Earlier this year, the fundraising community in the United Kingdom faced complaints after a British newspaper reported that Olive Cooke, a 92 year-old woman who volunteered to sell poppies in the weeks running up to Remembrance Day, had ended her life because she had been “hounded to death” by fundraisers. Although the women’s family clearly stated that this was not the case, the very sad situation led to inquiries by the UK Fundraising Standards Board (“FRSB”) (the independent self-regulator of fundraising in the UK) and the British Parliament, and to the introduction of a new bill before the British Parliament addressing fundraising issues. In addition of this, a cross-political party committee recently published a report on fundraising regulation in the UK, which contains other recommended measures. All of this was done in an effort to help restore public trust in charities.
How is this relevant in Canada? Stories today travel and new issues in one country tend to become new issues in another country. Knowing this story could potentially help ensure that Canadian charities will not have similar problems.
The initial results of the FRSB inquiry call for giving private citizens more control over the way that charities communicate with them, making it easier for people to opt out of unwanted contact. The report also identifies areas of the Code of Fundraising Practice (a set of fundraising standards designed by the Institute of Fundraising, a professional membership body for UK fundraising) that could be strengthened to address public concerns. These include:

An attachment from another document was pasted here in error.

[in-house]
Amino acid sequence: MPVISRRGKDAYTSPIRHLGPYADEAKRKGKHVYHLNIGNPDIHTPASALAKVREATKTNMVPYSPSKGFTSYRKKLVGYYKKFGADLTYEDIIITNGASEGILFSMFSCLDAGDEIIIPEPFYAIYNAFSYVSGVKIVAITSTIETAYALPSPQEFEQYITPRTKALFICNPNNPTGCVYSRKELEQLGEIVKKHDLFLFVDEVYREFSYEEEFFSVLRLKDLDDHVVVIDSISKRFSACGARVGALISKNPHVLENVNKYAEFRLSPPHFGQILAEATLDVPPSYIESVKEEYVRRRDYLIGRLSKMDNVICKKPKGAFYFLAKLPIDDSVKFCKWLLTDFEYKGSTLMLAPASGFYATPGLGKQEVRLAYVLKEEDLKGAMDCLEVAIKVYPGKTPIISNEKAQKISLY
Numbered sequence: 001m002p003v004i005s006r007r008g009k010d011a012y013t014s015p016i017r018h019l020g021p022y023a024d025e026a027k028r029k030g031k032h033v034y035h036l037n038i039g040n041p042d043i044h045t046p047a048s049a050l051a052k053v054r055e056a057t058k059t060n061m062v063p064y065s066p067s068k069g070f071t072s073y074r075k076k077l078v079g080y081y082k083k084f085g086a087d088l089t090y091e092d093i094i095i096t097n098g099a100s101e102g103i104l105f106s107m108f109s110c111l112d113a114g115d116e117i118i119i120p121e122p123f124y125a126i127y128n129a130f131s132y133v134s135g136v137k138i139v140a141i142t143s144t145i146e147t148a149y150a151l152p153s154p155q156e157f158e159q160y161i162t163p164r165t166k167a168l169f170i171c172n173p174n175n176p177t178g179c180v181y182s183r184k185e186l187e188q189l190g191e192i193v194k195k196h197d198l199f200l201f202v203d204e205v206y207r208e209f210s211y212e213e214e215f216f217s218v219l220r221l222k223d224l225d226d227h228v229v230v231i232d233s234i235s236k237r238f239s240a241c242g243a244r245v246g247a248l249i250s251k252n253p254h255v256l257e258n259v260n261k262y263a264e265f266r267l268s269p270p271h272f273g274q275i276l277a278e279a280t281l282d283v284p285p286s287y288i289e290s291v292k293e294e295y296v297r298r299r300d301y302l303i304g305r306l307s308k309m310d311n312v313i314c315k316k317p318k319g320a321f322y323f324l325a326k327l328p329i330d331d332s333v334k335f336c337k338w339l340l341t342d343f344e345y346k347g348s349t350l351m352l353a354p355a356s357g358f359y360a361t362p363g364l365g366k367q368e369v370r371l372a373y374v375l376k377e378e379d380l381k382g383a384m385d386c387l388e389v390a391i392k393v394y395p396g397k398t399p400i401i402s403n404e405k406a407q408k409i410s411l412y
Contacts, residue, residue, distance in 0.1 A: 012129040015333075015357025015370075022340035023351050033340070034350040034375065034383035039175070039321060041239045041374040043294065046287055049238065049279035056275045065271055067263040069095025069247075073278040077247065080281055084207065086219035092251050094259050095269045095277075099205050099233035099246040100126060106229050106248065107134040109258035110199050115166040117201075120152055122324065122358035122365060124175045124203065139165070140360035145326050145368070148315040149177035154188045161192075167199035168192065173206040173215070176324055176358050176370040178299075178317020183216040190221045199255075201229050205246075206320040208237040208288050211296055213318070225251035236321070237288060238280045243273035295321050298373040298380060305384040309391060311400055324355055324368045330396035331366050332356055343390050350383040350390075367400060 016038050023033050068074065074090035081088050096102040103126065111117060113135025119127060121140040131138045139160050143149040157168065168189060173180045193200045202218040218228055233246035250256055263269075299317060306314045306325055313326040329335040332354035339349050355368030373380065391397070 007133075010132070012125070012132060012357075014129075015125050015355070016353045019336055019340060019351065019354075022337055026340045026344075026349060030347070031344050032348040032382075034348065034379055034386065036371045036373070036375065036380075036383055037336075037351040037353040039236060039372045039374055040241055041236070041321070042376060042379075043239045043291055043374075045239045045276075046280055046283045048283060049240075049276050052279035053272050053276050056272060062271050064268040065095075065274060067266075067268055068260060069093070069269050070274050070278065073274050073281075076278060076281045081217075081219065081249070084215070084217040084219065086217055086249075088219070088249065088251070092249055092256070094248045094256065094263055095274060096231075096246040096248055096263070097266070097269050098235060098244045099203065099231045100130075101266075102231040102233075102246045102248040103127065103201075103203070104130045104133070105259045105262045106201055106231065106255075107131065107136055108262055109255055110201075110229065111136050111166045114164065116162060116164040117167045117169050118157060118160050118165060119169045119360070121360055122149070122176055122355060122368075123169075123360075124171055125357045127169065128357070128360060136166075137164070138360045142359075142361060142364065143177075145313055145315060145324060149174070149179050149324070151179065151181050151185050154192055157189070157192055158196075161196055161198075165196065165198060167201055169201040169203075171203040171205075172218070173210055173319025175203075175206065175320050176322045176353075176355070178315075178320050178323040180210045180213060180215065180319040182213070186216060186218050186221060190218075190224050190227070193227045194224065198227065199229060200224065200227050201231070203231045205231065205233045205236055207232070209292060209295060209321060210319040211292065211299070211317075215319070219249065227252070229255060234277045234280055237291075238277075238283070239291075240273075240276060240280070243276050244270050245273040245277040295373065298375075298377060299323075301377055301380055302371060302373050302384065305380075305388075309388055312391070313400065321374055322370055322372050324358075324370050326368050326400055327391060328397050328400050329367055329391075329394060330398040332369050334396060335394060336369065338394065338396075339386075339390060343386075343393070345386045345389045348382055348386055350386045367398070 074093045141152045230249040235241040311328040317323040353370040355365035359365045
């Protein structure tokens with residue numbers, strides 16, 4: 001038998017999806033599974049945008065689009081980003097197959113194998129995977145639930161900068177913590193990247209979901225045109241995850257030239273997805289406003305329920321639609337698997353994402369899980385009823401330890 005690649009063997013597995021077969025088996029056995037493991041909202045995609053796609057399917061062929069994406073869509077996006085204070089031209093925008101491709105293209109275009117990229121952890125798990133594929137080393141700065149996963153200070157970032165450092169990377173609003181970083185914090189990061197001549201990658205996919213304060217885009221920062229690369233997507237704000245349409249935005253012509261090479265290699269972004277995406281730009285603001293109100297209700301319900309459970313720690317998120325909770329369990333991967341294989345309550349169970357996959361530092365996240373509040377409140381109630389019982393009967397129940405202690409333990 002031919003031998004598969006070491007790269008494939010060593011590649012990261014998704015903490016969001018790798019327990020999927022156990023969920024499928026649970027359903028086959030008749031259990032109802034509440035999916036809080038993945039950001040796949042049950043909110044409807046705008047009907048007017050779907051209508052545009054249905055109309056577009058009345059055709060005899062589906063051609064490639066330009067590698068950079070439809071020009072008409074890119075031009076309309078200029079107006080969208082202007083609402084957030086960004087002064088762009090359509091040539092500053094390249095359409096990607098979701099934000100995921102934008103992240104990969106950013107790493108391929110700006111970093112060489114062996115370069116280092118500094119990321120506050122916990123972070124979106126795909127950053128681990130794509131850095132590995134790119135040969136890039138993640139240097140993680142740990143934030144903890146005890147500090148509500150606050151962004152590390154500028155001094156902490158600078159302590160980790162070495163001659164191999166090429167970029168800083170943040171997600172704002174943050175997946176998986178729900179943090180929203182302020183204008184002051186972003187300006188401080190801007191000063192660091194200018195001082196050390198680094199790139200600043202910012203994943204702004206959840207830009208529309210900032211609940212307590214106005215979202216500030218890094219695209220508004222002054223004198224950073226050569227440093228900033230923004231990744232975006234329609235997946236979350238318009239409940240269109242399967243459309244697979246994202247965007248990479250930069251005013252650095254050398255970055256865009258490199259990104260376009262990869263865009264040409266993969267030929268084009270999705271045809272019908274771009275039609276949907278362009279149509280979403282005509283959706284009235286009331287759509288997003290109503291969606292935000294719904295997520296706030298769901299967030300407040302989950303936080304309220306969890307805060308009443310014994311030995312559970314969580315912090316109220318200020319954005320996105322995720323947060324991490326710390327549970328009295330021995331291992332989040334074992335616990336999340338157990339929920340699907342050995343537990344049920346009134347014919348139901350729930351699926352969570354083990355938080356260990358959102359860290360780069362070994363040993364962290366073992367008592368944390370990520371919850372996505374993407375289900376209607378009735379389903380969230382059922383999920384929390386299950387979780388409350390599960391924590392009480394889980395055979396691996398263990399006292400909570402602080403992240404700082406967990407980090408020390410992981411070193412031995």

- greater clarity about the rules for gaining donor content/information;
- limits on the frequency with which charities approach donors;
- expansion of current guidance for communicating with older supporters and those in vulnerable circumstances; and
- elimination of the current allowance that fundraisers can use “reasonable persuasion” when dealing with donors.
The Parliamentary inquiry was launched on July 21, 2015 by the Public Administration and Constitutional Affairs Committee of the UK House of Commons. In particular, the Committee is looking into concerns surrounding call centres contracted by charities to raise funds on their behalf. The inquiry is focusing on four key areas:
- the extent and nature of practice adopted by call centres raising funds for charities and the impact on members of the public, particularly vulnerable people;
- the UK Government’s recently proposed legislative changes on this issue;
- how charities came to adopt these methods, and how they maintain proper governance over what is being done on their behalf; and
- the leadership of charities and how their values are reflected in their actions and activities.